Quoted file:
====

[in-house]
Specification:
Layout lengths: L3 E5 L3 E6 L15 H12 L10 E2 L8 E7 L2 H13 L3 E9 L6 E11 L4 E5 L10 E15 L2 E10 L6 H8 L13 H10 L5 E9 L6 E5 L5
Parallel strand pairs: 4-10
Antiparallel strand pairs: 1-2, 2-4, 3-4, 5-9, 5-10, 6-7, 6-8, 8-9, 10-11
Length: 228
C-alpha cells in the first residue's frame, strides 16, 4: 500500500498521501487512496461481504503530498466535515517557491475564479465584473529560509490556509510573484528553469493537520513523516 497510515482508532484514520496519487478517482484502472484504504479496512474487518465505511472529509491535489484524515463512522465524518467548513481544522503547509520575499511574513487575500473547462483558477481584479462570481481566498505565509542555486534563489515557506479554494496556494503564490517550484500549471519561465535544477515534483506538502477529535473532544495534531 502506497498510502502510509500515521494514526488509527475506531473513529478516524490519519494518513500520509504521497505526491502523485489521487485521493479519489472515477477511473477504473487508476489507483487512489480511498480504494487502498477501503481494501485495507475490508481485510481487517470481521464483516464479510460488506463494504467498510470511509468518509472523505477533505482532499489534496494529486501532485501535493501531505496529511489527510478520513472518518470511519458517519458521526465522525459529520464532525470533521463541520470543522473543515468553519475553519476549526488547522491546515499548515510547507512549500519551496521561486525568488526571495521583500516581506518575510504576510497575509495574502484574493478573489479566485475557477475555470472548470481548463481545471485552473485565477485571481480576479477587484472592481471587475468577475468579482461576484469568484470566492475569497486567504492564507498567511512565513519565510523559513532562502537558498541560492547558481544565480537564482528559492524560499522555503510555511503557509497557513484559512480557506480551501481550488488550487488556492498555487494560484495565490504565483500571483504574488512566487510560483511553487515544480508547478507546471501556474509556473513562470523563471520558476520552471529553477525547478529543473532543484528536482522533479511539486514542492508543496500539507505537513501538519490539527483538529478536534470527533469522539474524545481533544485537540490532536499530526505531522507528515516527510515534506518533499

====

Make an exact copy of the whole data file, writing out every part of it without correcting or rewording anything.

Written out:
[in-house]
Specification:
Layout lengths: L3 E5 L3 E6 L15 H12 L10 E2 L8 E7 L2 H13 L3 E9 L6 E11 L4 E5 L10 E15 L2 E10 L6 H8 L13 H10 L5 E9 L6 E5 L5
Parallel strand pairs: 4-10
Antiparallel strand pairs: 1-2, 2-4, 3-4, 5-9, 5-10, 6-7, 6-8, 8-9, 10-11
Length: 228
C-alpha cells in the first residue's frame, strides 16, 4: 500500500498521501487512496461481504503530498466535515517557491475564479465584473529560509490556509510573484528553469493537520513523516 497510515482508532484514520496519487478517482484502472484504504479496512474487518465505511472529509491535489484524515463512522465524518467548513481544522503547509520575499511574513487575500473547462483558477481584479462570481481566498505565509542555486534563489515557506479554494496556494503564490517550484500549471519561465535544477515534483506538502477529535473532544495534531 502506497498510502502510509500515521494514526488509527475506531473513529478516524490519519494518513500520509504521497505526491502523485489521487485521493479519489472515477477511473477504473487508476489507483487512489480511498480504494487502498477501503481494501485495507475490508481485510481487517470481521464483516464479510460488506463494504467498510470511509468518509472523505477533505482532499489534496494529486501532485501535493501531505496529511489527510478520513472518518470511519458517519458521526465522525459529520464532525470533521463541520470543522473543515468553519475553519476549526488547522491546515499548515510547507512549500519551496521561486525568488526571495521583500516581506518575510504576510497575509495574502484574493478573489479566485475557477475555470472548470481548463481545471485552473485565477485571481480576479477587484472592481471587475468577475468579482461576484469568484470566492475569497486567504492564507498567511512565513519565510523559513532562502537558498541560492547558481544565480537564482528559492524560499522555503510555511503557509497557513484559512480557506480551501481550488488550487488556492498555487494560484495565490504565483500571483504574488512566487510560483511553487515544480508547478507546471501556474509556473513562470523563471520558476520552471529553477525547478529543473532543484528536482522533479511539486514542492508543496500539507505537513501538519490539527483538529478536534470527533469522539474524545481533544485537540490532536499530526505531522507528515516527510515534506518533499